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River town : two years on the Yangtze
Peter Hessler
Adult Nonfiction DS796.F855 H47 2001

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From Publishers' Weekly:

In China, the year 1997 was marked by two momentous events: the death of Deng Xiaoping, the country's leader for two decades, and the return of Hong Kong after a century and a half of British rule. A young American who spent two years teaching English literature in a small town on the Yangtze, Hessler observed these events through two sets of eyes: his own and those of his alter ego, Ho Wei. Hessler sees China's politics and ceremony with the detachment of a foreigner, noting how grand political events affect the lives of ordinary people. The passing of Deng, for example, provokes a handful of thoughtful and unexpected essays from Hessler's students. The departure of the British from Hong Kong sparks a conversational "Opium War" between him and his nationalist Chinese tutor. Meanwhile, Ho Wei, as Hessler is known to most of the townspeople, adopts a friendly and unsophisticated persona that allows him to learn the language and culture of his surroundings even as Hessler's Western self remains estranged. The author conceives this memoir of his time in China as the collaborative effort of his double identity. "Ho Wei," he writes, "left his notebooks on the desk of Peter Hessler, who typed everything into his computer. The notebooks were the only thing they truly shared." Yet it's clear that, for Hessler, Ho Wei is more than a literary device: to live in China, he felt compelled to subjugate his real identity to a character role. Hessler has already been assured the approval of a select audience thanks to the New Yorker's recent publication of an excerpt. (Feb.) (c) Copyright PWxyz, LLC. All rights reserved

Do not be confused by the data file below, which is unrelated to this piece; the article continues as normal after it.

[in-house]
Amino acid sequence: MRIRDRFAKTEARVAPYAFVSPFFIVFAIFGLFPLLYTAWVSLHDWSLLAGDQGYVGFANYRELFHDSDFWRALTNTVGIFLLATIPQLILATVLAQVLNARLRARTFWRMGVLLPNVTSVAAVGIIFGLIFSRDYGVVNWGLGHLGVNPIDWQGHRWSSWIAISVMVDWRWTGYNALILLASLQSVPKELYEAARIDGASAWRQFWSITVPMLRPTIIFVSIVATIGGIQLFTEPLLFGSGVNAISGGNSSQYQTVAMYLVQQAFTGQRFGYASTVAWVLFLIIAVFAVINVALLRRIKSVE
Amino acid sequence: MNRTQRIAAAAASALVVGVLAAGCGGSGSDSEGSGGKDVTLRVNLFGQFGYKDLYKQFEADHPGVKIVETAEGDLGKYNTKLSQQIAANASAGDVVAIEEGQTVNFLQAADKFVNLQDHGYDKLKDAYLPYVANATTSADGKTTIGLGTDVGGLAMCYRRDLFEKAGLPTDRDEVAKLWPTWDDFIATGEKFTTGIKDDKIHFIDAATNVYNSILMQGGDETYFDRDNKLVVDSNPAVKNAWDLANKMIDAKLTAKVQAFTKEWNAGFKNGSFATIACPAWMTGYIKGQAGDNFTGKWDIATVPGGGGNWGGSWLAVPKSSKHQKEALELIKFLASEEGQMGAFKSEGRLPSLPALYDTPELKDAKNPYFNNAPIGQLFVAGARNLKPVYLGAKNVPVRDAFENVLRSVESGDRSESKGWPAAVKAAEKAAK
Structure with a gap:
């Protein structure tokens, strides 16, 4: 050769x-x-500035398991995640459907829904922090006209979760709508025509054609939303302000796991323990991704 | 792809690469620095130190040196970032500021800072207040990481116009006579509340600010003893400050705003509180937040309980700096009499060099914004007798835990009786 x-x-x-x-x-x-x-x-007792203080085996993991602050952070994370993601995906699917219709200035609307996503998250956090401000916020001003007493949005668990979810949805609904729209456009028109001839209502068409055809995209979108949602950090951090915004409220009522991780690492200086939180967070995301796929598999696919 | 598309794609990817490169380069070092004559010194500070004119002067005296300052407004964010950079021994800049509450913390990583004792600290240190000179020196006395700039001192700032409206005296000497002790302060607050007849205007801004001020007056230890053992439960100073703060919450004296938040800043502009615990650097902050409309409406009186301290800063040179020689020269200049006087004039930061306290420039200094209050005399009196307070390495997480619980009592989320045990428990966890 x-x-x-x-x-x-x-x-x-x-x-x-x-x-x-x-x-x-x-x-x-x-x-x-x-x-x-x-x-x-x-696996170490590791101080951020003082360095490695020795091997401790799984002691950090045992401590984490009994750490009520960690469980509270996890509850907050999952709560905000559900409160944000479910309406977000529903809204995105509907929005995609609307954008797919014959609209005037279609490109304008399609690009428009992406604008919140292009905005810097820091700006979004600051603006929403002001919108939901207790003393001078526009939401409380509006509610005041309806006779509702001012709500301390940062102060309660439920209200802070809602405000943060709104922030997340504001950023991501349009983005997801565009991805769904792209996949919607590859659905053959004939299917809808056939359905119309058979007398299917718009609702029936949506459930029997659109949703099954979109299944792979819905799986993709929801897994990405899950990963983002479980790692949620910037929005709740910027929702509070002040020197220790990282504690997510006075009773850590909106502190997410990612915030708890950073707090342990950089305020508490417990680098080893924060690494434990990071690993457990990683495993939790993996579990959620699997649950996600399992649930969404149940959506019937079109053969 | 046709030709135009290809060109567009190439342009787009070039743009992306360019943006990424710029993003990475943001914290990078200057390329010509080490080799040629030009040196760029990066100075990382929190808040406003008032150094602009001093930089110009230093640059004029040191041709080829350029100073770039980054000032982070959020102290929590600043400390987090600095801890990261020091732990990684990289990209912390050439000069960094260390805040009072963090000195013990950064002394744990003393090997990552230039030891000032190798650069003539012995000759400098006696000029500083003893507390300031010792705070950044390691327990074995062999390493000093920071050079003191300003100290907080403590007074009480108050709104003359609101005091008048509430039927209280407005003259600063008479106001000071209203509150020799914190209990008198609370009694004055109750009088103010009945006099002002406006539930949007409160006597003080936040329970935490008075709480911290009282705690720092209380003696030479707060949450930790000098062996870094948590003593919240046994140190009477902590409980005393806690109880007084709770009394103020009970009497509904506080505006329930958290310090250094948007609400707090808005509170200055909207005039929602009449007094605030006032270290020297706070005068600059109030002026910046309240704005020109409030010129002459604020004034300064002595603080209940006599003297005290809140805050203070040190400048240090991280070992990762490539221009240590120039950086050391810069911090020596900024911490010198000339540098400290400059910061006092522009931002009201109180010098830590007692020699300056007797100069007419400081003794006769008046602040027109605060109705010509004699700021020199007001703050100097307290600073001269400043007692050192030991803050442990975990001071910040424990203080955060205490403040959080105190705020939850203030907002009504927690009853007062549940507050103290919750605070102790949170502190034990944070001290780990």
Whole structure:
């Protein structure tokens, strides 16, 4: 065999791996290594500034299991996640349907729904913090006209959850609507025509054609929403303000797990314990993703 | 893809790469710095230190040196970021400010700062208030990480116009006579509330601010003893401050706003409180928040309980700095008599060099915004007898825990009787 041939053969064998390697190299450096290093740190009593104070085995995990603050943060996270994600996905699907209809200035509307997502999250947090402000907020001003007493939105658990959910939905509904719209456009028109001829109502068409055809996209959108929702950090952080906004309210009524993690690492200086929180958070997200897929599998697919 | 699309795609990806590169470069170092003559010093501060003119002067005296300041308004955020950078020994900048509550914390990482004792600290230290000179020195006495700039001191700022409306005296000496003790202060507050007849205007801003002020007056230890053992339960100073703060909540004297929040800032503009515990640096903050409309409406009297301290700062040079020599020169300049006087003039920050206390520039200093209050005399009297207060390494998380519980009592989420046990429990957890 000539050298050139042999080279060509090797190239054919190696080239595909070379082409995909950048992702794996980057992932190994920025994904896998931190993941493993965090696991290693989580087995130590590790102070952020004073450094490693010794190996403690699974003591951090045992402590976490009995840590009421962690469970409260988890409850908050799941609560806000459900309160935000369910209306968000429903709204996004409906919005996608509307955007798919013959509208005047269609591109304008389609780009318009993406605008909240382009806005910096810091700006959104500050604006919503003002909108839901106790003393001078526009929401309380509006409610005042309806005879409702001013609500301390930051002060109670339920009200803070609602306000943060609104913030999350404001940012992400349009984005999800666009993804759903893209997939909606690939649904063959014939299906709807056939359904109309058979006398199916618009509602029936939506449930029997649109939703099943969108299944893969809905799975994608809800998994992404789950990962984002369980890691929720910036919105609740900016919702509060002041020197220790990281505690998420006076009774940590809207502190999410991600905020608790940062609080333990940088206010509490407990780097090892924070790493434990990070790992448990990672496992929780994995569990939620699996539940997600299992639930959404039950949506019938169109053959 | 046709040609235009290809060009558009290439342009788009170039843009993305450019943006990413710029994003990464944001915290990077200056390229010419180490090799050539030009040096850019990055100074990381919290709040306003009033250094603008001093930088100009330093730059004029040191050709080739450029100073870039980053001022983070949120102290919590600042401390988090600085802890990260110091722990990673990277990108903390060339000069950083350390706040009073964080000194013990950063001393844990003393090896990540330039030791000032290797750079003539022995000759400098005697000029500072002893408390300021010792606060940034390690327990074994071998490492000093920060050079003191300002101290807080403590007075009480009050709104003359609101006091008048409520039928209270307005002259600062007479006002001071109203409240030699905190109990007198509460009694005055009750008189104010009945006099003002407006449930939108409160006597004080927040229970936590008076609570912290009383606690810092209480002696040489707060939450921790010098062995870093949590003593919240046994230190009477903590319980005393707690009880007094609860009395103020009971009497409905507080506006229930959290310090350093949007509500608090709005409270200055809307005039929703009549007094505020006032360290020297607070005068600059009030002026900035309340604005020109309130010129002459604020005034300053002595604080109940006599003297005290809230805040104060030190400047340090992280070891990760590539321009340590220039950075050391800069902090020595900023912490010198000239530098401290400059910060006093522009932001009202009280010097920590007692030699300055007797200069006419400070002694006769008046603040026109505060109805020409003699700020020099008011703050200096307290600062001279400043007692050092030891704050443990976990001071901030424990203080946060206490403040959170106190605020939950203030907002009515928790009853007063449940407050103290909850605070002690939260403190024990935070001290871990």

From Library Journal:

This moving, mesmerizing memoir recounts Hessler's two years as a Peace Corps volunteer teaching English in the city of Fuling, located in the heart of China. Before Hessler's arrival, no one in Fuling had seen a foreigner for 50 years. Hessler was rudely thrust into this forbidden land, completely isolated from the world as we know it. Armed with astute powers of observation, acute sensitivity to cultural differences, and a good command of Chinese, he explores the culture, politics, traditions, and ideas of a people completely unknown and mysterious to the Western World. Hessler also watches as the cityDtorn between tradition and the onslaught of modern timesDreacts to the death of Deng Xiaoping, the return of Hong Kong to the mainland, and the inevitable construction of the Three Gorges Dam on its beloved, and sacred, Yangtze River. This touching memoir of an American dropped into the center of China transcends the boundaries of the travel genre and will appeal to anyone wanting to learn more about the heart and soul of the Chinese people. Highly recommended. [Previewed in Prepub Alert, LJ 10/15/00.]DMelinda Stivers Leach, Precision Editorial Svcs., Wondervu, CO (c) Copyright 2010. Library Journals LLC, a wholly owned subsidiary of Media Source, Inc. No redistribution permitted.

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